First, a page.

How should I respond?

Others more scholarly than I would have better answers. However, to me, the argument you posted is extremely weak. They complain that there aren’t massive numbers of references in the early days to Papal authority. Things that are well accepted usually don’t elicit massive references. How many writers assert, anymore, that concrete makes good roads? It’s just a given, so nobody does.

The better question is why aren’t there massive writings in opposition to the proposition if it was contrary to what most believed?

Two questions:

If the Bishop of Rome was not special, then why the following:

  1. Why was Pope Clement writing Epistles to the Corinthians?

  2. Why is the See of Rome, which is a Metropolitan See not titled an Archdiocese?

There is obviously something different

He is rather testy. He is trying to get you to deny the headship of the Pope over all the bishops. Look closely at the Orthodox Church. Here in the US there is an unusual uncanonical situation where every patriarch (head Bishop) has his hands in. I’ve met Greek Orthodox, OCA, ROCOR, Antiochian, they are all suspicious of each other. An OCA deacon told me not to trust a ROCOR priest because they just recently attained canonical status. Historically ROCOR and OCA fought over the same territory/people. Who is keeping these squabbles in check. No one. Sad.

I find this approach very weak, as it can justify anything.

For example, in ancient times the early church fathers predicted my presence and said that I should lead the church in 2015. It was never written down or referenced because it was widely accepted and everyone knew the prophecy, so there was no need to rehash it.

Does that convince you in any way? :smiley:

He says the evidence until the 5th century brought up for our case doesn’t count, then provides no evidence of his claims only saying there’s tons of it. Ok.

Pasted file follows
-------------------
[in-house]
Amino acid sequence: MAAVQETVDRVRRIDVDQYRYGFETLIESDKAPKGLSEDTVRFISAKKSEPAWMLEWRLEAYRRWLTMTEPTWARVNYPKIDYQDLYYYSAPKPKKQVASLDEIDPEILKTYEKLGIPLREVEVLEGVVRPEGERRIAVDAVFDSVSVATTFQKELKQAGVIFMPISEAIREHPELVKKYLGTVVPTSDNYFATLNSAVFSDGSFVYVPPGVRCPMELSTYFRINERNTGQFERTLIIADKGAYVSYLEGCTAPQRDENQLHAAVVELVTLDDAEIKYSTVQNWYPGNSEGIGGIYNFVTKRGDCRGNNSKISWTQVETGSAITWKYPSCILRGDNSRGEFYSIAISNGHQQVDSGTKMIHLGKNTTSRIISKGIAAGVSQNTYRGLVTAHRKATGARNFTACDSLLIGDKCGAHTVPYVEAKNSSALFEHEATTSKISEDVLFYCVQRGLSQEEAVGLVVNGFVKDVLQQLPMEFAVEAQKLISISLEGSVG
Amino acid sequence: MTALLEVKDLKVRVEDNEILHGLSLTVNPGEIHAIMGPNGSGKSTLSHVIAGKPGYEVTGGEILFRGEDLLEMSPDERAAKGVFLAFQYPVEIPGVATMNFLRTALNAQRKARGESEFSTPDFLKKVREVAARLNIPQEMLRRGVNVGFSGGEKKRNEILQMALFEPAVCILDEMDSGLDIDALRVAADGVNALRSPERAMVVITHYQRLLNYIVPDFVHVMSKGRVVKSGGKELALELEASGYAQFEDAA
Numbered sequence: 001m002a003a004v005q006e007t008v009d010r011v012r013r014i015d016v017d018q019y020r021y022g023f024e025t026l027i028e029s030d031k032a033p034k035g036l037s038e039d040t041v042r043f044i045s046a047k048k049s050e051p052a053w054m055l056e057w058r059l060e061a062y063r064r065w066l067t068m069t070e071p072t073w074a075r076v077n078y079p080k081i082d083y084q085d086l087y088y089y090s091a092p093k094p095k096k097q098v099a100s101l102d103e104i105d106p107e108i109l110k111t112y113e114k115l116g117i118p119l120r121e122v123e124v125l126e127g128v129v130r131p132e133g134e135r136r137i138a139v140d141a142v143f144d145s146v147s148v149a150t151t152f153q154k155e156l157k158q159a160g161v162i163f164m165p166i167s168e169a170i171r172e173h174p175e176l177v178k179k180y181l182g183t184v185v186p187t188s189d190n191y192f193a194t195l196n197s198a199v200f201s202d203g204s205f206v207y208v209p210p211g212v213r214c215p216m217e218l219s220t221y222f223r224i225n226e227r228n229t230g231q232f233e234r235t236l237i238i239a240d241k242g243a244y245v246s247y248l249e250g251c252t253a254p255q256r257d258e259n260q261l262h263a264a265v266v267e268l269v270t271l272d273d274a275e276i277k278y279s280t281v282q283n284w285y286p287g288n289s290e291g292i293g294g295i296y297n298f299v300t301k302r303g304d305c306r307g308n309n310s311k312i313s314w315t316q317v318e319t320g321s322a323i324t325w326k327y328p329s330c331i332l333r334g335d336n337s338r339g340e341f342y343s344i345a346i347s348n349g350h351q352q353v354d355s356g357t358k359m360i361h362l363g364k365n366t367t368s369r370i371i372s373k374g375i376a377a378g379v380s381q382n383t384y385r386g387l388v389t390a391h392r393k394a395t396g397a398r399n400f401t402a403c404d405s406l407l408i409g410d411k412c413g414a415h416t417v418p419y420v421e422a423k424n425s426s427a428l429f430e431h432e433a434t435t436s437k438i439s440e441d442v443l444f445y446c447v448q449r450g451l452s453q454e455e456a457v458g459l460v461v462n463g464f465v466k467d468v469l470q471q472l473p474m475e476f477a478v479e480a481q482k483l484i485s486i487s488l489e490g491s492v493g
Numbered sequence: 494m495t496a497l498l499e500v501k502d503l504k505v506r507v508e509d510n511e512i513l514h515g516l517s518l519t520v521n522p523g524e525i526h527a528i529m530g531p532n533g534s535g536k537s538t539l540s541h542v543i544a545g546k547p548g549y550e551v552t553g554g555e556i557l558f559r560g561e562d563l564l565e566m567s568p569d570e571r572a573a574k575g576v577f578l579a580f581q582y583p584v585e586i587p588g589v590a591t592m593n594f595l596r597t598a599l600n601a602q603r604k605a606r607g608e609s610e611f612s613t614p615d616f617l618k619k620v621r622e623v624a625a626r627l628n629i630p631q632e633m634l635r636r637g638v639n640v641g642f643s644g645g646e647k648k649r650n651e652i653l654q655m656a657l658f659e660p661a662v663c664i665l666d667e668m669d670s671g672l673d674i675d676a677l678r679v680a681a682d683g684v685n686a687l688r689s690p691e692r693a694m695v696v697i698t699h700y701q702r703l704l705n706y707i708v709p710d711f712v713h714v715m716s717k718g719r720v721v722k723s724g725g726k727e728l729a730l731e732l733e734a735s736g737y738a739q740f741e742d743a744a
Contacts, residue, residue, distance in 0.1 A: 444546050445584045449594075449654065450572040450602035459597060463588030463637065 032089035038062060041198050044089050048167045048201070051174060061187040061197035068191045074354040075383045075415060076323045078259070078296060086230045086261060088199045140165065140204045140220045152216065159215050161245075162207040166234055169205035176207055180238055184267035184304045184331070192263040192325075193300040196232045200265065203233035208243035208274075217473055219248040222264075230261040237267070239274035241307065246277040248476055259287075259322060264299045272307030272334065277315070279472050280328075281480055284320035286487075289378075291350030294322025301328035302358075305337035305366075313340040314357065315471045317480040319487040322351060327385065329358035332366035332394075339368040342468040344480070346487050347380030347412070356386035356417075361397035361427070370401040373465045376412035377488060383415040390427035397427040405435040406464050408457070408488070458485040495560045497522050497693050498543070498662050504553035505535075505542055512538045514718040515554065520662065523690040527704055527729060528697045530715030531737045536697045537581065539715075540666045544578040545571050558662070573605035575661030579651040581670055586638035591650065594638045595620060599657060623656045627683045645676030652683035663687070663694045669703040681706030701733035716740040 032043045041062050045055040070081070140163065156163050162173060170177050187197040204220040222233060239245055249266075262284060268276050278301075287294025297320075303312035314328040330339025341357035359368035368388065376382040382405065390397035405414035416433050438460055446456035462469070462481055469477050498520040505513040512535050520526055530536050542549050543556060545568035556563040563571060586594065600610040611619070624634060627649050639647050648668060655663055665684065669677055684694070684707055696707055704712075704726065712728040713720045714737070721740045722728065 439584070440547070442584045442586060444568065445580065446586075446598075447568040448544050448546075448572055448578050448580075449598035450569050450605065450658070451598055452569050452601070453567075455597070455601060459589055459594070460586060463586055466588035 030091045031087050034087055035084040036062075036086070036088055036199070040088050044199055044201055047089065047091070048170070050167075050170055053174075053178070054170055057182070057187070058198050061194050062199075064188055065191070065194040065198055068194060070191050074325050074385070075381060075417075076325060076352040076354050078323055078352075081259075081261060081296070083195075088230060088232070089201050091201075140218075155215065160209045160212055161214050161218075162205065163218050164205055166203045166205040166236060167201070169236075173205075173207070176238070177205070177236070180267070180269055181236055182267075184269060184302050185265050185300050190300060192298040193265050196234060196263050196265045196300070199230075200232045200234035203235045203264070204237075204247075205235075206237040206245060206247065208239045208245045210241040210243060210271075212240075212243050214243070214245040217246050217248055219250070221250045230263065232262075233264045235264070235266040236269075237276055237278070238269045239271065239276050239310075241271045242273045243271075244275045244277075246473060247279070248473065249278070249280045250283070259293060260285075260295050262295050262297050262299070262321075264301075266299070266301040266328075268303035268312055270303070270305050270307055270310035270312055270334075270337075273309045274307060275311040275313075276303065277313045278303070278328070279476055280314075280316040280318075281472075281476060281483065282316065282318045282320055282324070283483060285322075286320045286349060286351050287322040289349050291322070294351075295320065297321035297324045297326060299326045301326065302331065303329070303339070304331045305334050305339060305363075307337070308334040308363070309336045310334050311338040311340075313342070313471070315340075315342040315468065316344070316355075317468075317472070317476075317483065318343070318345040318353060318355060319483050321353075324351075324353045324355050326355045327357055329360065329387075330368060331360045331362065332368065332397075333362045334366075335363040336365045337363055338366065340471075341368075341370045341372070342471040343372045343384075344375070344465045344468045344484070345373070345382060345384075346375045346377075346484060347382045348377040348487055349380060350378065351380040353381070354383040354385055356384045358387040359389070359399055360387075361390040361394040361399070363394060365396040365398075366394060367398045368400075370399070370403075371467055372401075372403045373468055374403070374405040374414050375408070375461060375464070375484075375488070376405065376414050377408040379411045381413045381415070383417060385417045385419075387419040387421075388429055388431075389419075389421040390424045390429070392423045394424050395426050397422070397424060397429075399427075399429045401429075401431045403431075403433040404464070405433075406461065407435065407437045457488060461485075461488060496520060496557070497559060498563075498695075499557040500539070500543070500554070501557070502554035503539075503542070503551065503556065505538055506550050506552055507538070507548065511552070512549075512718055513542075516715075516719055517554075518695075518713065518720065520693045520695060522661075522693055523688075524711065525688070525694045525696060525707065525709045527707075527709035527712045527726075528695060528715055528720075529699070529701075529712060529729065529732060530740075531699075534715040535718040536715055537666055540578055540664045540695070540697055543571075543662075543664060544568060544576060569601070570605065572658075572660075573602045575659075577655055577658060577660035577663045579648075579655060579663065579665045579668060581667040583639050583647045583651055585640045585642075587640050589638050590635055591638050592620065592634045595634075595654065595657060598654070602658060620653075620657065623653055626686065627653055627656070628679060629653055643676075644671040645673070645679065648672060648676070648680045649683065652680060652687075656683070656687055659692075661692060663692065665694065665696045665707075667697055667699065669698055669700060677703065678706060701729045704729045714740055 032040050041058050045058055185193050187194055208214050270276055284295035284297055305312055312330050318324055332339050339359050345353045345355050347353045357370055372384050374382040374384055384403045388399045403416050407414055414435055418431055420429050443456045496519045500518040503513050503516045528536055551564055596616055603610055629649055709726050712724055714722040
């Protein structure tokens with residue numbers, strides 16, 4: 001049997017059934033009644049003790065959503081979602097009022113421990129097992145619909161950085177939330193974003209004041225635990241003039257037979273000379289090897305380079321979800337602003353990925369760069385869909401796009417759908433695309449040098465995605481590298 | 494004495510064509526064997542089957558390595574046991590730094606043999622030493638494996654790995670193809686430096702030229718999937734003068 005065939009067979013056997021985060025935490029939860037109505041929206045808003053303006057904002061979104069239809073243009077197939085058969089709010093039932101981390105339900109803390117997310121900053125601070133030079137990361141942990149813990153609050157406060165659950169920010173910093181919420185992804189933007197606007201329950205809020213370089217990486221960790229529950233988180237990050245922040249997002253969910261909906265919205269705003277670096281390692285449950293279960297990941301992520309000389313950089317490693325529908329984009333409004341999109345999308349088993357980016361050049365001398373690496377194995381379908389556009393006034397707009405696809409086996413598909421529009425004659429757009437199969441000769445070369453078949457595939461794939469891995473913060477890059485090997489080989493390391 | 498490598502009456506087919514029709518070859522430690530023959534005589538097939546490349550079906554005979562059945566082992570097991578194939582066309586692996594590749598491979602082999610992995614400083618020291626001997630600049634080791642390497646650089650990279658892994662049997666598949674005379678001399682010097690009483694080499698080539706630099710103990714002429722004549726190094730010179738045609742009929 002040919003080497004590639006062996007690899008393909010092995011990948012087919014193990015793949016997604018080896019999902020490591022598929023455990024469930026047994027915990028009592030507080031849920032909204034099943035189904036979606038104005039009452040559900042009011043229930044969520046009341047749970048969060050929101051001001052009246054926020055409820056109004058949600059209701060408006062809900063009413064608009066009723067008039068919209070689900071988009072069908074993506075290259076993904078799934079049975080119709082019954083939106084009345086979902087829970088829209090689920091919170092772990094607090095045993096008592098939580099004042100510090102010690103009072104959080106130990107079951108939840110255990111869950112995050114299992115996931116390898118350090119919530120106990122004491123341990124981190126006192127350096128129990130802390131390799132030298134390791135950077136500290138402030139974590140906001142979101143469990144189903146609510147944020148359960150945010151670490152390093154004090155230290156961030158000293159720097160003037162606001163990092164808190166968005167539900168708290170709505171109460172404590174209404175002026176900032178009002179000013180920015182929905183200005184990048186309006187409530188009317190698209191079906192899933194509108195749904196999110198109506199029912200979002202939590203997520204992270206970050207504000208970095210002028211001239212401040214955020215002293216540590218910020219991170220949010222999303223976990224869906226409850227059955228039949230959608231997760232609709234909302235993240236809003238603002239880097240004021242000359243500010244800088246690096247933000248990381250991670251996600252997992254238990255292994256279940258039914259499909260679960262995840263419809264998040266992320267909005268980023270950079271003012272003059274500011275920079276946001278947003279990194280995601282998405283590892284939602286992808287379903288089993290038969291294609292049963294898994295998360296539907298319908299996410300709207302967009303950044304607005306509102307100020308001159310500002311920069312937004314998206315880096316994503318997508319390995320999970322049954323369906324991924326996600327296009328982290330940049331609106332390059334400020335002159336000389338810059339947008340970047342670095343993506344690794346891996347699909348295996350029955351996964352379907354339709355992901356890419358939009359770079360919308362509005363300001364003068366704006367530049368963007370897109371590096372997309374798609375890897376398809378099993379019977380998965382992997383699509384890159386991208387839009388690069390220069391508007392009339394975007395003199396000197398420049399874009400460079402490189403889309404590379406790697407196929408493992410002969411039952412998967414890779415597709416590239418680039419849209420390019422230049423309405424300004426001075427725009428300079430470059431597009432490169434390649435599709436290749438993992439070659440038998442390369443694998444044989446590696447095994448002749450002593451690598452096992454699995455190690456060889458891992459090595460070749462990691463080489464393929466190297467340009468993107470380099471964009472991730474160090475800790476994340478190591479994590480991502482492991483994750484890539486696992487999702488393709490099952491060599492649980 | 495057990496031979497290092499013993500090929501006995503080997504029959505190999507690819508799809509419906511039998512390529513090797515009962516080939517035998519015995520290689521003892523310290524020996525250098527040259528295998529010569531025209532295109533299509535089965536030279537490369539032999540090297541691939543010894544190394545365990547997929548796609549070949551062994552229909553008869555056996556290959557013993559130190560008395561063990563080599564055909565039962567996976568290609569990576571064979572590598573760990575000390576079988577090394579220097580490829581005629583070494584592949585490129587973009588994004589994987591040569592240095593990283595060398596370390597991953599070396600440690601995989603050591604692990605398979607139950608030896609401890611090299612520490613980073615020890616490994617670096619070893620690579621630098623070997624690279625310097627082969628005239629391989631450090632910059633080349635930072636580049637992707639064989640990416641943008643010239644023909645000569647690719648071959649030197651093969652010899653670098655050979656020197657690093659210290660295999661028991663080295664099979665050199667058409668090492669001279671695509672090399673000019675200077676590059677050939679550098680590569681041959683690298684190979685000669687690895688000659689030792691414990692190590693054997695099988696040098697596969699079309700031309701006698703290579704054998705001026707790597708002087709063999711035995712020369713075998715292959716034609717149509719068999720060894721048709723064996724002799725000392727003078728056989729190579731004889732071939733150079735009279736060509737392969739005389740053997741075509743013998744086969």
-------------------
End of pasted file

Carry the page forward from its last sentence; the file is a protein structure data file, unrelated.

Then he concedes the evidence for our position is stronger in the 6th to 8th centuries. Ok. Was the Church corrupted at this time or something? Why does that also not count?

Notice how canon II doesn’t even address Rome or Constantinople, but rather Alexandria and Antioch (and some other more minor places). Canon III does address their status. It seems clear they were being treated separately.

Just to add, if “honor” just got a deeper bow or a special hat or seat at a table, but no real authority, Constantinople would not have tried for centuries to get more and more of it.

This is true. So what?

I don’t know why Catholics (both Latin and Orthodox) feel that it’s important that universal jurisdiction and infallibility were clearly understood (or not understood) in the Apostolic era.

The fact is, ALL DOCTRINE DEVELOPS. It always has. It is *STILL *developing. The Papacy is no different. The Church’s understanding of the Papacy developed over many centuries (and it is still developing). So what? That’s how doctrine works.

Why do people agree that doctrine regarding the nature of Christ, the Eucharist, Baptism, etc can develop, but somehow the very early Church is expected to have a fully formed understanding of the Papacy, or else it is totally spurious?

I don’t understand why you suggested we would claim canon III to be a forgery then. You claim one thing and then present evidence of the complete opposite :rolleyes:

Development of Doctrine as defined by the Catholic Church is rejected by the Orthodox Church.